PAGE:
Together, Michiel Kamp, Tim Summers and Mark Sweeney co-founded the Ludomusicology Research Group in August 2011, an inter-university research organization dedicated to the study of game music. They are now joined by Melanie Fritsch and Andra Ivănescu.

Our slant, which we feel distinguishes us from other related inter-disciplinary/multimedia projects, is the musicological approach to video game music, as opposed to the non-performative visual arts, or non-interactive film, for example. This also sets our project apart from the related game sound groups, which are generally more industry based, and where they do cross over with musicology, often lean toward a consideration of sound in general, instead of music. Our aim is to promote inter-university academic collaboration, establish game music as a significant research area alongside academic musicology, act as a hub or point-of-contact to advertise the research of the group members (and of other academics working in the field) and serve as a general attempt to create a coherent direction and body of knowledge for this sub-discipline.

To achieve these aims, we organize annual international conferences on videogame music (Oxford 2012, Liverpool 2013, Chichester 2014, Utrecht 2015, Southampton 2016), provide an up-to-date bibliography (now also housed on the SSSMG website), and host regular blog articles by guest contributors about videogames and videogame music. We have also acted as a central hub in bringing together a number of publications including a double special issue of The Soundtrack and an edited volume of essays: Ludomusicology: Approaches to Video Game Music. Our mailing list is solely for the purpose of promoting our conferences and publications to those who prefer emails to Facebook pages and tweets; we do not produce a regular newsletter at present.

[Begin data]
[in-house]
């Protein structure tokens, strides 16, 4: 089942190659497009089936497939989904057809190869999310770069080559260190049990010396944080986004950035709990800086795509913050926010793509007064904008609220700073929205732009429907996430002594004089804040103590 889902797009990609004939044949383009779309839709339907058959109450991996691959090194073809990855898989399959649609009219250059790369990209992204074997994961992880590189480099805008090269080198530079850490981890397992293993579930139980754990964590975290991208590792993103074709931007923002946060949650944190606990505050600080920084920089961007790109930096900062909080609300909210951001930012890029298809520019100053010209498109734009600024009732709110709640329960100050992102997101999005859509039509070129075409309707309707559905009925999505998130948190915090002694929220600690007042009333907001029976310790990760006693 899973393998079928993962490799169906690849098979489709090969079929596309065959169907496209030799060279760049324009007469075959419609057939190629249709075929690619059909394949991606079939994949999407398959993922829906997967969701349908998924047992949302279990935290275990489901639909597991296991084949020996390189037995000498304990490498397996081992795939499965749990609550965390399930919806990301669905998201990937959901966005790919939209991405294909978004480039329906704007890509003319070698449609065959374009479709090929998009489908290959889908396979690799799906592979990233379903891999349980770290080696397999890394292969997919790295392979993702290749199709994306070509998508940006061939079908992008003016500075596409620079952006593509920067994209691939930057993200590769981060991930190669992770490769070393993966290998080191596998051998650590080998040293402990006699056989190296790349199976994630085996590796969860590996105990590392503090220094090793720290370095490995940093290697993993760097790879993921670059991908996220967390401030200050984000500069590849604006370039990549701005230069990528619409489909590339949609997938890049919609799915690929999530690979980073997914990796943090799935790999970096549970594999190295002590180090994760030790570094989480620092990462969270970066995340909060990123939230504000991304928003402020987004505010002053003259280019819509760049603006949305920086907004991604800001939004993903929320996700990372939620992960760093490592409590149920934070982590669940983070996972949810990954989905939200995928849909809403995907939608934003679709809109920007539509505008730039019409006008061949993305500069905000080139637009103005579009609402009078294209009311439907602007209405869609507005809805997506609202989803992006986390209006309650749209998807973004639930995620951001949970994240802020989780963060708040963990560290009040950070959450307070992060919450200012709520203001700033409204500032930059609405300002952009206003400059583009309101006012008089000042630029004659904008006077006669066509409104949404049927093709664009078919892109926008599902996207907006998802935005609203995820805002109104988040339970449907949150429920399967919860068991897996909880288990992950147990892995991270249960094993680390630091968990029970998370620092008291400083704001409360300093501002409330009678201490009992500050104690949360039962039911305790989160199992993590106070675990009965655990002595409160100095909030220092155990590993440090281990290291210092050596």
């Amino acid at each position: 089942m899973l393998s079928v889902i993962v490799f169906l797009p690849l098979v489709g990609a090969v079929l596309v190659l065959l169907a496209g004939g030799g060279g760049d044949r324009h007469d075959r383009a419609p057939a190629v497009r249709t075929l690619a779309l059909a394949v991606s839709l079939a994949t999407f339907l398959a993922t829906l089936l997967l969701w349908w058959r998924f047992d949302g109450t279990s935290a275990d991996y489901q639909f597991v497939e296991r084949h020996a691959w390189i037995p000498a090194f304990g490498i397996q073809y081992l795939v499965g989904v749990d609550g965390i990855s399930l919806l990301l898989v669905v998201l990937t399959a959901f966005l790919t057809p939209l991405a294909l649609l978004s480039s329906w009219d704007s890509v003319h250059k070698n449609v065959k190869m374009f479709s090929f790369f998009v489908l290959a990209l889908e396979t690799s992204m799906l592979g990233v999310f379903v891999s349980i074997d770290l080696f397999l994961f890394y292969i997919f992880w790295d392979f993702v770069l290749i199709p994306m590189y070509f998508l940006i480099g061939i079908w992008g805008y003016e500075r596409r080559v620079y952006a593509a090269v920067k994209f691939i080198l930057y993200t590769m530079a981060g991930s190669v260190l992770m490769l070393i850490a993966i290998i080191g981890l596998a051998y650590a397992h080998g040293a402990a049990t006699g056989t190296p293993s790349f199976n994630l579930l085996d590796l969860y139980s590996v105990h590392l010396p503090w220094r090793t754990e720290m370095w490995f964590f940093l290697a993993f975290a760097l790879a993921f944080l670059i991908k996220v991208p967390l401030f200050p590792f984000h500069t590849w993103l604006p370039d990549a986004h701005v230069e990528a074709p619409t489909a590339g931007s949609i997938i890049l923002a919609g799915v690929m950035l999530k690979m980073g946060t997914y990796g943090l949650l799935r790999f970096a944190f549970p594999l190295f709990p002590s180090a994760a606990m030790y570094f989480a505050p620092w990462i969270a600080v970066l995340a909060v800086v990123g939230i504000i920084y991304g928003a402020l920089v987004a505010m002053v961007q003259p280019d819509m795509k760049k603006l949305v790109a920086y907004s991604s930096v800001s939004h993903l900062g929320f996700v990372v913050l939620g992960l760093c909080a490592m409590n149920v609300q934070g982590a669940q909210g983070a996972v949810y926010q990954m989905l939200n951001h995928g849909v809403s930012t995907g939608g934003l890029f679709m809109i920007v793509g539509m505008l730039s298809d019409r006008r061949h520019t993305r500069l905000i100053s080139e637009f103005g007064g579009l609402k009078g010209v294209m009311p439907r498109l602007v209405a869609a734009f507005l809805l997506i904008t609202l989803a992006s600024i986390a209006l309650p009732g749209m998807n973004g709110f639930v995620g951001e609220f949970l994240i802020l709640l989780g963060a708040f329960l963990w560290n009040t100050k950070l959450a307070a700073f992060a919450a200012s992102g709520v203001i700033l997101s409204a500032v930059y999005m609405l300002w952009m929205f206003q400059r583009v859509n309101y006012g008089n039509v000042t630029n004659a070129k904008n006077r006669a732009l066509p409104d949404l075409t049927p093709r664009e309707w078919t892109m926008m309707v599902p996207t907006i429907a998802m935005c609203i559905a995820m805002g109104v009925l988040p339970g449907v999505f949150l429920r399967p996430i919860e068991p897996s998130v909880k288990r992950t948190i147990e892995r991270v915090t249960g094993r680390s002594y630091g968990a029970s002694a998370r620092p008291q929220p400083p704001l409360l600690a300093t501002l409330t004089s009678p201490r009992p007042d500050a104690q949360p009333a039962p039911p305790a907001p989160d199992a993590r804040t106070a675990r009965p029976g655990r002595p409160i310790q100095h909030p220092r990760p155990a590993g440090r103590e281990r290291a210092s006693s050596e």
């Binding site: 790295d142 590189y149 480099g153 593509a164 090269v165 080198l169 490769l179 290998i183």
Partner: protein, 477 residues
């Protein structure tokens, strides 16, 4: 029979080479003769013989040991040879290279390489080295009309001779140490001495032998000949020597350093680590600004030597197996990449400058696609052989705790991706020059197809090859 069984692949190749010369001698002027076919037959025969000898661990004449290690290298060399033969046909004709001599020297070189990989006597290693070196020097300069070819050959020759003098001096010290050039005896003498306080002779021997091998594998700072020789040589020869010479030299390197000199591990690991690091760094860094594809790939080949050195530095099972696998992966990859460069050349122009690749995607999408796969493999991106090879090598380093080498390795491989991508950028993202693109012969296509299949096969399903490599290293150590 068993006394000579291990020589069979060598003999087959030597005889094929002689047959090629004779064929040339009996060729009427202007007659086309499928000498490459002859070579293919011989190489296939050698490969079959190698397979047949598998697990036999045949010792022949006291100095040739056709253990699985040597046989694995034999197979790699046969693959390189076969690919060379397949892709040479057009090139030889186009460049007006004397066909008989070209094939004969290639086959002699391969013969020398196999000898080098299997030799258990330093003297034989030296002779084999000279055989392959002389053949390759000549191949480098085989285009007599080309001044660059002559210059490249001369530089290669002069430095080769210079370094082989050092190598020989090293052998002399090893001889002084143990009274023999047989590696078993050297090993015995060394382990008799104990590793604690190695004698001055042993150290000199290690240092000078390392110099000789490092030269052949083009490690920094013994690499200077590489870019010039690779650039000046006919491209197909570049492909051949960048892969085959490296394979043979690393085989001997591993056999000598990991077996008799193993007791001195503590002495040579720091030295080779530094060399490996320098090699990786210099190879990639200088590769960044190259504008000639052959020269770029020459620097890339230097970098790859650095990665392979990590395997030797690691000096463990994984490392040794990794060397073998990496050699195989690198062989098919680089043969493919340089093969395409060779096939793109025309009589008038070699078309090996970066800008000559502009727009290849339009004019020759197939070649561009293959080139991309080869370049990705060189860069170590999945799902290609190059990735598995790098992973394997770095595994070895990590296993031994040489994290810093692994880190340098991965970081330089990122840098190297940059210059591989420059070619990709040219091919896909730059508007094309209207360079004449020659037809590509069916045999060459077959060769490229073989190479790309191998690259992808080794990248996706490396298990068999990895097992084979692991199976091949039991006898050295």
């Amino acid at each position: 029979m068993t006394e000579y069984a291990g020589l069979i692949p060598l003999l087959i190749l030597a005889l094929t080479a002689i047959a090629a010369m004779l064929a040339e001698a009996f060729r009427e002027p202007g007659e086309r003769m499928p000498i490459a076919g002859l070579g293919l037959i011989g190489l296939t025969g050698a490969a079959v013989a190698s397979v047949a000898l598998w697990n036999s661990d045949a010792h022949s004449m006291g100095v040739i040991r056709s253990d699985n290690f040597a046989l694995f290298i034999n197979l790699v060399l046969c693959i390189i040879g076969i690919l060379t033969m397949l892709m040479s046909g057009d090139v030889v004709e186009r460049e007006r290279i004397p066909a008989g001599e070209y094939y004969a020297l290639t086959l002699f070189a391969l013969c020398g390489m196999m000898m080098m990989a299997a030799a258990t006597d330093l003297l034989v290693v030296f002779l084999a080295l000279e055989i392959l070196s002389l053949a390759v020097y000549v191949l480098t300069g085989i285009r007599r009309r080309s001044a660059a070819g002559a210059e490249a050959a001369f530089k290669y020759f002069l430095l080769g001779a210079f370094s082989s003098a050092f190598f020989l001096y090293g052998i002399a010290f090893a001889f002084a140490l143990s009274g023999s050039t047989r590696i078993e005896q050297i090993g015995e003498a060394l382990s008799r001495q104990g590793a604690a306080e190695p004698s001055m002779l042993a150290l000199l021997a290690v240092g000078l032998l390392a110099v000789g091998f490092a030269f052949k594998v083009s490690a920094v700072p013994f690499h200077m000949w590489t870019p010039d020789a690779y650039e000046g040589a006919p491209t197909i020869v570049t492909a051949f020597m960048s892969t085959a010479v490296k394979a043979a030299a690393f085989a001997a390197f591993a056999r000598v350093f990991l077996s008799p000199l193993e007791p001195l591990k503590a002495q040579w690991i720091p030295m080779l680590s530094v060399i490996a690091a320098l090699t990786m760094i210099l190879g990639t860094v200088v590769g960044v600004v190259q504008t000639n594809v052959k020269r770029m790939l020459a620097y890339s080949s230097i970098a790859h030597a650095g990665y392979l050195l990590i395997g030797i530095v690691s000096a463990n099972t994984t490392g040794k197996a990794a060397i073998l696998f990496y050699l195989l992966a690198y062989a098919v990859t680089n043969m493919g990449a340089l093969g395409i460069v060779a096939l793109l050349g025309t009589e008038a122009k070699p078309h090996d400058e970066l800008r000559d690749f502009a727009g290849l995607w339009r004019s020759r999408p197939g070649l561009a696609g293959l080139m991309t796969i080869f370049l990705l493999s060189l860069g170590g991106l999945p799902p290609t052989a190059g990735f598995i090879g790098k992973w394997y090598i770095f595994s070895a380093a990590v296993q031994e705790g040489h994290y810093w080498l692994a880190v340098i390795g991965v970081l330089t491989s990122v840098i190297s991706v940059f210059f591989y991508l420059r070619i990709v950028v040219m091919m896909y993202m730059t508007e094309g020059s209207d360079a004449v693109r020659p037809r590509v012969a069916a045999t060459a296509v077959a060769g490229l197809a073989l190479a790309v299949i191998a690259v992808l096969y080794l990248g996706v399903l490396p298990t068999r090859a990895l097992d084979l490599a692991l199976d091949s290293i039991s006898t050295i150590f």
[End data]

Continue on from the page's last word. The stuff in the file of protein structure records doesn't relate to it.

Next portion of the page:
The research group consists of five ludomusicologists (click to expand individual profiles):

About me and research

Dr Michiel Kamp is Assistant Professor of Musicology at Utrecht University, where he teaches on music and media. He previously taught and completed his AHRC-funded PhD dissertation at the University of Cambridge. His research takes a phenomenological approach to music in video games, and attempts to categorize and characterize the different ways in which players can hear and listen to game soundtracks. Michiel received his BA and MA degrees from Utrecht University. In addition to a chapter in Ludomusicology: Approaches to Video Game Music, he has recently contributed to a special issue of Philosophy & Technology on video game music and ecological psychology.

Academic output
2013, ‘Musical Ecologies in Video Games’, Philosophy & Technology June 2013.

Major Conference Papers:
2013, ‘The Civilization IV history of Western music’, Music and the Moving Image 2013, New York University

2013, ‘Background music in video games: a phenomenological approach’, Ludomusicology 2013 Conference, 12th – 13th April 2013, Liverpool University